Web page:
Corrective & Preventive Actions (CAPA)
In our second video series, the Kellerman Consulting team focuses on the important topic of Corrective Actions and Preventive Actions, or CAPA. In this seven video series, we cover topics including how to conduct a root cause analysis, the difference between ‘corrections’ and ‘corrective actions’, why documenting loss of control events is so critical, and more. In the first video of the series, we start with describing different types of problematic events in the facility.
Problematic events in a food facility can be categorized by process deviations and facility problems. Process deviations are instances of undesirable results that deviate from your normal operating procedures or product specifications. An example of a process deviation can include product temperature deviations, such as when a dense product does not meet the required temperatures or time limits during the cooling process, or when a cooked product does not meet the target temperature during the baking step. Process deviations can occur through no fault of the employees, facility, or equipment; it simply means that the process did not work as intended in that given moment.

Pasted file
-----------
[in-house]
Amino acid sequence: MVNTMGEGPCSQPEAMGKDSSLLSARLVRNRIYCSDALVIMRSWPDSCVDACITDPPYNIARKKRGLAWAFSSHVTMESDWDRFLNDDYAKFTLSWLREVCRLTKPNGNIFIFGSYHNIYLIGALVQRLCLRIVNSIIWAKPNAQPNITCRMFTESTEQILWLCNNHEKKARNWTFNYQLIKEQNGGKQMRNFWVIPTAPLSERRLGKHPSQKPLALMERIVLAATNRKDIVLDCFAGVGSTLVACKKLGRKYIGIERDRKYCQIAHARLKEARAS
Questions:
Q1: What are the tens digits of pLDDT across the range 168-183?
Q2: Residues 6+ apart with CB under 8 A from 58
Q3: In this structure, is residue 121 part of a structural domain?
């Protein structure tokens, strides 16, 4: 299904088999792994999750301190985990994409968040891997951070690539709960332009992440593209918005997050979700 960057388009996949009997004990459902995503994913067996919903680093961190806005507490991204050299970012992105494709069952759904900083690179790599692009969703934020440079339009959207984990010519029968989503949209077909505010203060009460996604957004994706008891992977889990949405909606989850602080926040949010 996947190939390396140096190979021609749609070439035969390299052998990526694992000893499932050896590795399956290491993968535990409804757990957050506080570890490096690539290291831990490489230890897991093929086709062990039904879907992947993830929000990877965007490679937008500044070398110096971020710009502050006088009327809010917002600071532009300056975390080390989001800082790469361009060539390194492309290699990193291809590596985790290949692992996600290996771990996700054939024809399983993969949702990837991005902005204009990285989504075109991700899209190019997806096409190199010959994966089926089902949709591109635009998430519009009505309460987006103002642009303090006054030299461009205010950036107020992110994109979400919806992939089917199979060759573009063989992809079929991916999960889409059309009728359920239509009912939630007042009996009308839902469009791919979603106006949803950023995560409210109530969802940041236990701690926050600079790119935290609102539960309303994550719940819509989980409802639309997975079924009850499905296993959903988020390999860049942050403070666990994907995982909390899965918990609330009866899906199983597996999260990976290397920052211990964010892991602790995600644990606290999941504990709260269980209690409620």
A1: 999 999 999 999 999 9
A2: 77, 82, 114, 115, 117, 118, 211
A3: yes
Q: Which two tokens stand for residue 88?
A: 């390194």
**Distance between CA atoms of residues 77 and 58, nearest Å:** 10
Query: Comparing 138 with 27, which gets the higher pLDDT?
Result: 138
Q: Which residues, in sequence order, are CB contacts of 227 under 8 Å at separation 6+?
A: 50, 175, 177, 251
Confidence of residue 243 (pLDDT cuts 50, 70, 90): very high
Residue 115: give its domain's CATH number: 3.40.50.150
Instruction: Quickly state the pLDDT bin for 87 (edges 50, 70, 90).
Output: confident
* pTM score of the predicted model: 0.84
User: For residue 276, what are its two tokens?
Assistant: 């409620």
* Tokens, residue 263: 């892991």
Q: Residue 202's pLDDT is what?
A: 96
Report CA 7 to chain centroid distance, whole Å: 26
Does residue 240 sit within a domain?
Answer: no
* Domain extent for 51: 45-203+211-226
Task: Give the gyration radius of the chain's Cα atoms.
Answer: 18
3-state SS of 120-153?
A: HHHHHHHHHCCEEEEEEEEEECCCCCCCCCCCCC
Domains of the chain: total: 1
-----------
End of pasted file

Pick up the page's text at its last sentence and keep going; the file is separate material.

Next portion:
Facility problems, on the other hand, can be described as problematic events caused by failures of the facility, equipment, or even employees working in the establishment. Examples of facility problems can include condensation drips caused by refrigeration units or metal shavings found on equipment framework due to a misaligned metal guard. These types of problematic events fall outside of the expected variation within your process and can result in significantly greater time and capital investment to come to a resolution.
Understanding the different types of problematic events in a facility can help you determine the direction to take to correct the deviation and ultimately prevent future occurrences. In our next video in the CAPA series, we discuss root cause analyses, corrective actions, and preventive actions. Subscribe to our YouTube channel or follow us on LinkedIn to be notified of new educational food safety resources.